But when dad was plopped  in his easy chair listening to Frank, he often had a look of disgust.

    “Can’t stand this song,” he said before zapping his way to the next tune.

    My dad had a simple explanation of real fandom.

    He adored  Frank when he was great.

    He despised Frank when he lowered himself to bad songs.

    A real fan, dad said, is also a real critic.

    Sometimes we’re harsh. I would argue that’s because sometimes we need to be harsh.

    Often – very often – we’re positive. Even during this long,  long AFA basketball  season, encouraging words were offered. It wasn’t – and don’t let anyone from AFA mislead you – all negative, all the time. It never is.

    I take criticism from readers seriously. I read each e-mail, listen to every phone call and try to consider the critic’s and the supporter’s point-of-view.

    But I can’t please everyone. And I “should” not even try.

    As always, I’m interested in your view.

  • The sports world shakes. The United States barely notices

    Thu, June 11, 2009 by David Ramsey with no comments

    It was the biggest sports news of the week, maybe of the month. It inspired the British prime minister to comment. He needed to soothe the shaken spirits of his countrymen.

    It caused barely a blip in the United States.

    Cristiano Ronaldo, the magnificent, madly-in-love-with-self soccer superstar, was sold from Manchester United to Real Madrid. If that sounds a little like slavery, sorry, but it’s accurate.

    But Ronaldo wanted to go. He was weary of life in England. He wanted a new challenge. Manchester fans and teammates had grown weary of his act, which includes precious little passing.

    The price tag is staggering. And the world’s balance of soccer power appears to be shifting.

    A year ago, Manchester United reigned as the world’s best team and the English Premier League was clearly the world’s finest.

    This year, Barcelona dominated Man. U in the Champions League final. Barcelona silenced Ronaldo. And now Real Madrid is looking to pass Barcelona as the world’s top team. Real already had signed Brazilian superstar Kaka. Now Real has Ronaldo and is closing in on David Villa, another La Liga (the Spanish league) star.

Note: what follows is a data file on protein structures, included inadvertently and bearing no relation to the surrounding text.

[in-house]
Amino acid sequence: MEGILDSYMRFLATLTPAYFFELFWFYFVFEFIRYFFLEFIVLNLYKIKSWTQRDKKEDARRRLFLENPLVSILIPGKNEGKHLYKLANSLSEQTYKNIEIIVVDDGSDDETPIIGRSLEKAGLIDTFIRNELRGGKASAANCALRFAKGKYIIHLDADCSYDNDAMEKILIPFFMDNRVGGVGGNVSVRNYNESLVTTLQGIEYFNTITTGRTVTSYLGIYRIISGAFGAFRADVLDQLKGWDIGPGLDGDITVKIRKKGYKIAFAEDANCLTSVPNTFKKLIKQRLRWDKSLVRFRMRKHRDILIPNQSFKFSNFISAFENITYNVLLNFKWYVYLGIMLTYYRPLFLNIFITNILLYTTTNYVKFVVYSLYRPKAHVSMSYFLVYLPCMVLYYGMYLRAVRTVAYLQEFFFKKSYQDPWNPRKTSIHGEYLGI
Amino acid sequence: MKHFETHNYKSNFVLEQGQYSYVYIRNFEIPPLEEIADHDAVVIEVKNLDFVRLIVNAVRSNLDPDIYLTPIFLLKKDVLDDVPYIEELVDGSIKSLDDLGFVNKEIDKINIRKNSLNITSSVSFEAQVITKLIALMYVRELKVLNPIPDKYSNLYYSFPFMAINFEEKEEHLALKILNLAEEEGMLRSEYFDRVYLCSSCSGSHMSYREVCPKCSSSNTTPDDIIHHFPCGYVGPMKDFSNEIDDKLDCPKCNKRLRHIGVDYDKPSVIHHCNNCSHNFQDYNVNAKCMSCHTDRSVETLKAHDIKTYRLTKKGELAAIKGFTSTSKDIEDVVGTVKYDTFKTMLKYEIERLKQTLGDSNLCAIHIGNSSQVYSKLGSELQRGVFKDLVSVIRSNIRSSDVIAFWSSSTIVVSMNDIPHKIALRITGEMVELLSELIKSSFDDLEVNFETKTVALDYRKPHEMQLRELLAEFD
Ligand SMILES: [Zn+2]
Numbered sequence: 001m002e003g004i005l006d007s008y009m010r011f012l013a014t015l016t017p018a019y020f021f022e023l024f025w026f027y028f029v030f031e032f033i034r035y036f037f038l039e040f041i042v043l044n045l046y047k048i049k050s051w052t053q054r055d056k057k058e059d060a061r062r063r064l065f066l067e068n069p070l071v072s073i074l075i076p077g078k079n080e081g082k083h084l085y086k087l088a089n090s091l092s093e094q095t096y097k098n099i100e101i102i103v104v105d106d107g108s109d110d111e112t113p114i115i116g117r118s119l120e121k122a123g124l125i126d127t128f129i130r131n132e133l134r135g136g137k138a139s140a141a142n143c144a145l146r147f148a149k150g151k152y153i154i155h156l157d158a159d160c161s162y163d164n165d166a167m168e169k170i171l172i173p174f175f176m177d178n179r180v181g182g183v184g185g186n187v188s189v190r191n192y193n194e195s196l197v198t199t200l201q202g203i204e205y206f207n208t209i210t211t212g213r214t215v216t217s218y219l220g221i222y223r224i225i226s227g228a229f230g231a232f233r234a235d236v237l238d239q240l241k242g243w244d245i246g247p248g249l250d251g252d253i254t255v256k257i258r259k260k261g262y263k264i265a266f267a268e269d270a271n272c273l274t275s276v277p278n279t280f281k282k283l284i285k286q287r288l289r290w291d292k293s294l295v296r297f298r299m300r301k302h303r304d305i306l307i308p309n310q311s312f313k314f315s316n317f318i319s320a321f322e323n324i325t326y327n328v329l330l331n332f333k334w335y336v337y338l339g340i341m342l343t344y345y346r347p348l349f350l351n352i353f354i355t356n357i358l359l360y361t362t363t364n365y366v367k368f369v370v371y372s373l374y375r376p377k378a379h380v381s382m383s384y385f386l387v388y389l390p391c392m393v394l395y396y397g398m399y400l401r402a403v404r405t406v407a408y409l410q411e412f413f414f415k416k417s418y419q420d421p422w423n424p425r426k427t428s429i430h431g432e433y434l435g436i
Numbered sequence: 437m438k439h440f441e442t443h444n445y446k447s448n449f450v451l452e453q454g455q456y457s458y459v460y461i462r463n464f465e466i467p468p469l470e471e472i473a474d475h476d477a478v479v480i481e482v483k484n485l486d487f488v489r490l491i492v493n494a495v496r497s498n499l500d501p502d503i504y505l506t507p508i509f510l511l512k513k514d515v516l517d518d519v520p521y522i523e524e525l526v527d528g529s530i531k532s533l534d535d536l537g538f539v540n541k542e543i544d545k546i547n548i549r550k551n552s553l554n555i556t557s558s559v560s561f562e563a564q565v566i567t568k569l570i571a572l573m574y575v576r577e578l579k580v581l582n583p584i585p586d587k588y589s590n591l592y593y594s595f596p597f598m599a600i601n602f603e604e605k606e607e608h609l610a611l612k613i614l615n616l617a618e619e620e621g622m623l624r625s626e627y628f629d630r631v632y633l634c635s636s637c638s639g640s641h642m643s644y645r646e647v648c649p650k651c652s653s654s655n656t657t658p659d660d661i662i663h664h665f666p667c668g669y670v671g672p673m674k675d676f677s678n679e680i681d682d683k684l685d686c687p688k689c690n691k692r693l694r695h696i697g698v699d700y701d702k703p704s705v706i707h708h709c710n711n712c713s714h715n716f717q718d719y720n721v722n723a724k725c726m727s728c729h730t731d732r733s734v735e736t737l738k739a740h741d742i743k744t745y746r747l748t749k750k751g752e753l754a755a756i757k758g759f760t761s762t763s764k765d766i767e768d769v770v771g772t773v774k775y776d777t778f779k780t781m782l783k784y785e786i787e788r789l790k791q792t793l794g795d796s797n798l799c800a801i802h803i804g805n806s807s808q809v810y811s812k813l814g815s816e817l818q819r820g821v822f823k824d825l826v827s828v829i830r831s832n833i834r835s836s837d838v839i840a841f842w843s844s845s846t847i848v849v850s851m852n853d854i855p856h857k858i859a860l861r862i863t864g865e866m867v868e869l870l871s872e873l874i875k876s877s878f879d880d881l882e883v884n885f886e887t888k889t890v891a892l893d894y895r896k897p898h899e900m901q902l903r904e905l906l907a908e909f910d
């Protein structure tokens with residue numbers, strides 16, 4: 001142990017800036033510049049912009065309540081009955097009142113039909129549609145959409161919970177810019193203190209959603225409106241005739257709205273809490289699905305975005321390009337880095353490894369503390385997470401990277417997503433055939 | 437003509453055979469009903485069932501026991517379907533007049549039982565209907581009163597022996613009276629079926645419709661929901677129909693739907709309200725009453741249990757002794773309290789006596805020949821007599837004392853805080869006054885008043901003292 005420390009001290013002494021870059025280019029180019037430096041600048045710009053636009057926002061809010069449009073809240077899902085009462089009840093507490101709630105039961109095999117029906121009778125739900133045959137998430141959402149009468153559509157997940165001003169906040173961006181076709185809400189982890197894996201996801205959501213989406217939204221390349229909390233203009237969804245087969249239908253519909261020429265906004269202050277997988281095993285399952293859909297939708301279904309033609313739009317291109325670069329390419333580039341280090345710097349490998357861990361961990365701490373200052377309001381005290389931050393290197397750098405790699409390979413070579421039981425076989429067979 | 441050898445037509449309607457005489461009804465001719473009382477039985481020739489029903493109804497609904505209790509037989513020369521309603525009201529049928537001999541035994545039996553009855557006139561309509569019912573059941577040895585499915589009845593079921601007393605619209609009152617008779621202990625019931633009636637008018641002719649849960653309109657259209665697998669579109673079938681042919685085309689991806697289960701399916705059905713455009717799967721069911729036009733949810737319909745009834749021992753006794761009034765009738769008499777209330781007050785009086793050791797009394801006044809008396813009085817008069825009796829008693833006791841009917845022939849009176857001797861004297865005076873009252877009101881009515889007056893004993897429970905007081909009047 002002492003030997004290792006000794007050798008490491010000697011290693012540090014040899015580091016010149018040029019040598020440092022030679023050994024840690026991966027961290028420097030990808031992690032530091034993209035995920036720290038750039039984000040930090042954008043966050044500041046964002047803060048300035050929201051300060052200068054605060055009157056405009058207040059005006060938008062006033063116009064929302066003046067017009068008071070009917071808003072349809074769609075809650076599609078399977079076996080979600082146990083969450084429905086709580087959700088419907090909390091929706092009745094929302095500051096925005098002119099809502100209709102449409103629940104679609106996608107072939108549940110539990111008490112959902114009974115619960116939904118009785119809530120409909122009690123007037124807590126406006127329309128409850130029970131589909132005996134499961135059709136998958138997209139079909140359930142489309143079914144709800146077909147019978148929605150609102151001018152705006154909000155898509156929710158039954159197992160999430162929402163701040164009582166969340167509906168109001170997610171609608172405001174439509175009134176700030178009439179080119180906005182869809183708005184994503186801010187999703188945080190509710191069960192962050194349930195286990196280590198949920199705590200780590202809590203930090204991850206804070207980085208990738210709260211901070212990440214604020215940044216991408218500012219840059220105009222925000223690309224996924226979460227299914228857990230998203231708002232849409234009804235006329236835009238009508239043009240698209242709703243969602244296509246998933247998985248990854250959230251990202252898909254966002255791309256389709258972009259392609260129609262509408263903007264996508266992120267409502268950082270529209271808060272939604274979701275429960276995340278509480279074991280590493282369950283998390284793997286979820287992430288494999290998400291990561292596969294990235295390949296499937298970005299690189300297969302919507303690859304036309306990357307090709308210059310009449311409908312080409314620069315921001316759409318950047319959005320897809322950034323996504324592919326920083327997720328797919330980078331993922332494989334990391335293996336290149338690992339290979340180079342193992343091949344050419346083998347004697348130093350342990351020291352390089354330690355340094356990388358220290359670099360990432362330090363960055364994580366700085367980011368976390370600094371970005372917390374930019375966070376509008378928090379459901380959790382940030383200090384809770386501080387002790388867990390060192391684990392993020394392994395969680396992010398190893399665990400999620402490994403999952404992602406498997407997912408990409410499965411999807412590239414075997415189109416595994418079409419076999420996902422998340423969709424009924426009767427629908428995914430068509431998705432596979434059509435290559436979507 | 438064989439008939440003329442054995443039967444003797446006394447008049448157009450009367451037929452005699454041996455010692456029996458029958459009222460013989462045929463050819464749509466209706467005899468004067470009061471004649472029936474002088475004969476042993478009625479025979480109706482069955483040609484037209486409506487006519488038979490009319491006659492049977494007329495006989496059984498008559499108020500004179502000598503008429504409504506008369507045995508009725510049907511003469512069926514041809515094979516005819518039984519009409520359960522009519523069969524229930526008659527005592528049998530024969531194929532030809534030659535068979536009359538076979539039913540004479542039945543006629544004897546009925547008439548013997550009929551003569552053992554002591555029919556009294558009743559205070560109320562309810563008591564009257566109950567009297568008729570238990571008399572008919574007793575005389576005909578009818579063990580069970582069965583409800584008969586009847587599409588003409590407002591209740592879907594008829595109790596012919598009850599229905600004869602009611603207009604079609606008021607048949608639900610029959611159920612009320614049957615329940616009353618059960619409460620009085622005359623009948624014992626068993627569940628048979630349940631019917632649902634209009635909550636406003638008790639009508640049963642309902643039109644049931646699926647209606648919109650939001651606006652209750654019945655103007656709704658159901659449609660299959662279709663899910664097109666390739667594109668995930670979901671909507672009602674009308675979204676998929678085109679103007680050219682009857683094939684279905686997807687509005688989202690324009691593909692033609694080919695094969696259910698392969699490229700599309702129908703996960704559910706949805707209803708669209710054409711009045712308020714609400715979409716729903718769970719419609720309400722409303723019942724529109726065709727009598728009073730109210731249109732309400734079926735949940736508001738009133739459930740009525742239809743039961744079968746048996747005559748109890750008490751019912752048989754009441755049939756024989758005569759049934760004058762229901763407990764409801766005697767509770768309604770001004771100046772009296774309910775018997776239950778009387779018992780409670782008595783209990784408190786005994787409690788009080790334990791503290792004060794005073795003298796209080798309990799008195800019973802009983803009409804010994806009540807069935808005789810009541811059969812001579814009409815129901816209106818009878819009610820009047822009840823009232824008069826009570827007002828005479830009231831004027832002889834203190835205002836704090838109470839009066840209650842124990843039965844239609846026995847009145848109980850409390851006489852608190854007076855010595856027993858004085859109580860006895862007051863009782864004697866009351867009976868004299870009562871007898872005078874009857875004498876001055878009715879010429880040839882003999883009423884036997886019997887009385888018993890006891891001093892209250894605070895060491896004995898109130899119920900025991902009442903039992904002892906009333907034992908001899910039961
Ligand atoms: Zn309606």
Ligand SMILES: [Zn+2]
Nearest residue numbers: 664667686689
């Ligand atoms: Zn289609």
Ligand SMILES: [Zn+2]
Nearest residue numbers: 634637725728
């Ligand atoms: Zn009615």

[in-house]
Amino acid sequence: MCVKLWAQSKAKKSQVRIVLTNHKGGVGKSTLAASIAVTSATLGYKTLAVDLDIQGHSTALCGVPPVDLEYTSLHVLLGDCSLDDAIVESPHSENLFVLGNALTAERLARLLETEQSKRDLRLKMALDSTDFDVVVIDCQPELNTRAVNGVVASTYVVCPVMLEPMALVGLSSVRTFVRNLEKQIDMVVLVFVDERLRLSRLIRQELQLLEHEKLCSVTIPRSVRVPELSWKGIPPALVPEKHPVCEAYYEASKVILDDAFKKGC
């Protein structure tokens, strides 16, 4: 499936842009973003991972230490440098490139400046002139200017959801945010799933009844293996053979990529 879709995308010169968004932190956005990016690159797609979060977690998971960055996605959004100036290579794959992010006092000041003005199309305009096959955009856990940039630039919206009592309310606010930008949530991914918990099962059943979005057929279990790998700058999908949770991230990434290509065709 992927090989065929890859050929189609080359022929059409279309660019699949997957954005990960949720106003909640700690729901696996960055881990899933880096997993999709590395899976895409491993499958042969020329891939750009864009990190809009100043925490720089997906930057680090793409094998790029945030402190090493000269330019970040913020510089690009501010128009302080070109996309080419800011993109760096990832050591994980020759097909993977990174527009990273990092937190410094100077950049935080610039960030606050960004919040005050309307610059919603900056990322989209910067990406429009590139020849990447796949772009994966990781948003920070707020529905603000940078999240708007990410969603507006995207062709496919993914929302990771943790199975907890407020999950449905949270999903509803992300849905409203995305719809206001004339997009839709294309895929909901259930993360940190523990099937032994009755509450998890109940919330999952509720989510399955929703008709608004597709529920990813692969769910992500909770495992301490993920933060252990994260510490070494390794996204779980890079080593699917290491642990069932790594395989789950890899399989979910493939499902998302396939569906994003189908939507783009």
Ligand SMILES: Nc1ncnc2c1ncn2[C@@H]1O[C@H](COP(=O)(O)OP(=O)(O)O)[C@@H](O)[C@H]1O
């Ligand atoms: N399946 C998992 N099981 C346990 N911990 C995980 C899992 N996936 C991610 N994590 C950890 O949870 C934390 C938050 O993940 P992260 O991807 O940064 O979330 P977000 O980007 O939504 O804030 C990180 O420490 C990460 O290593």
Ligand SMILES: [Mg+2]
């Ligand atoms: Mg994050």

In England, people are worried. One of the world’s top two or three  players has fled to Spain. The English love their soccer, which they refer to, understandably enough, as football.

    Prime Minister Gordon Brown took time from his hectic schedule to address the crisis.  His words carried a Churchillian air.

    We will survive, Brown assured the people of England.

    Manchester United and the English Premier League, Brown said, will “emerge not weaker, but emerge in a new way and probably stronger.”

    He needed to speak. His nation was stunned. The sports world was quaking.

    Well, everywhere but the United States.

  • Courtney Lee’s tough 10 seconds

    Tue, June 9, 2009 by David Ramsey with no comments

    Courtney Lee is basketball’s new villain. To some eyes, he missed two easy shots in the final 10 seconds of the Magic’s loss to the Lakers in Game 2 of the NBA Finals.

    Los Angeles Times columnist T.J. Simers goes  so far as to call Lee “the choker” over and  over.


     I don’t agree. Lee made a nice move with 10 seconds left, scooted into the lane, launched a shot and missed.

    There’s a reason. Lee was fouled by Lamar Odom. He should have gone to the line.

    Then, with less than a second left and the game tied, Hedo Tukoglu lofted a perfect pass to Lee under the basket. Lee was on a dead run. He had a good  look at the basket.

    “It was a great pass,” said Magic coach Stan Van Gundy,  the NBA’s most irritating man. “It was right there. And he missed it.”

    Thanks, coach, for throwing your player under the bus.

    It was not an easy shot. The Lakers Pau Gasol was lurking. Lee was running out of room  as he approached the baseline. Even if Lee didn’t have a game resting in his hands, it would have been a tough chance.

    Yes, Lee missed.

    But is he a choker?

    Come on.

    Not even close.

  • Thomas Aquinas and auto racing

    Sat, June 6, 2009 by David Ramsey with no comments

    Most sports writers – including this one – are fans of sports writing. We spend more time than is healthy reading the works of other sports writers. I’ve been writing sports – off and on,  but mostly on – since 1981, but still get a jolt when reading  strong work from my colleagues.

    Just returned from a couple days in Santa Fe. I try to stay in touch with my feminine side, but I’m not in touch enough to fully appreciate Santa Fe, which is the most feminine-friendly destination I’ve ever seen.

    Anyway, during the days I spent there following my wife from shop to shop, I ran into this column:


    It’s a strong read, which takes a cutting look  at the idea of winning at any cost. And it’s the only sports column I’ve ever read that takes the ideas of Thomas  Aquinas into the sports arena.